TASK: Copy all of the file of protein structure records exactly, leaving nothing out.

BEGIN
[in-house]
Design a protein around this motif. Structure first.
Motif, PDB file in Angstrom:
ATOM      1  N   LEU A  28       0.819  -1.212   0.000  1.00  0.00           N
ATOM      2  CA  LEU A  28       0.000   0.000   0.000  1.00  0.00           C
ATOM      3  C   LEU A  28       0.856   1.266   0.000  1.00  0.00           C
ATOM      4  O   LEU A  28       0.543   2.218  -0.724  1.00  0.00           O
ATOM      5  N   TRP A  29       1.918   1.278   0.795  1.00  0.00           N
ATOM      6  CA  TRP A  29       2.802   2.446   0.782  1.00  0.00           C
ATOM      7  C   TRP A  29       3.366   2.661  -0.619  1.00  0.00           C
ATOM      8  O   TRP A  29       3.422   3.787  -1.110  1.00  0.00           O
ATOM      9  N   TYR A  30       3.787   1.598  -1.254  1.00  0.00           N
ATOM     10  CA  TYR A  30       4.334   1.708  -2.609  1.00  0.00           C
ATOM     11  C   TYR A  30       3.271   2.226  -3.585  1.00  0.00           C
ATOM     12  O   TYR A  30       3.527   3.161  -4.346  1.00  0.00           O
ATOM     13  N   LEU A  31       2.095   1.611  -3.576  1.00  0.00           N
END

[in-house]
Design a protein around this motif. Structure first.
Motif, PDB file in Angstrom:
ATOM      1  N   LEU A  28       0.819  -1.212   0.000  1.00  0.00           N
ATOM      2  CA  LEU A  28       0.000   0.000   0.000  1.00  0.00           C
ATOM      3  C   LEU A  28       0.856   1.266   0.000  1.00  0.00           C
ATOM      4  O   LEU A  28       0.543   2.218  -0.724  1.00  0.00           O
ATOM      5  N   TRP A  29       1.918   1.278   0.795  1.00  0.00           N
ATOM      6  CA  TRP A  29       2.802   2.446   0.782  1.00  0.00           C
ATOM      7  C   TRP A  29       3.366   2.661  -0.619  1.00  0.00           C
ATOM      8  O   TRP A  29       3.422   3.787  -1.110  1.00  0.00           O
ATOM      9  N   TYR A  30       3.787   1.598  -1.254  1.00  0.00           N
ATOM     10  CA  TYR A  30       4.334   1.708  -2.609  1.00  0.00           C
ATOM     11  C   TYR A  30       3.271   2.226  -3.585  1.00  0.00           C
ATOM     12  O   TYR A  30       3.527   3.161  -4.346  1.00  0.00           O
ATOM     13  N   LEU A  31       2.095   1.611  -3.576  1.00  0.00           N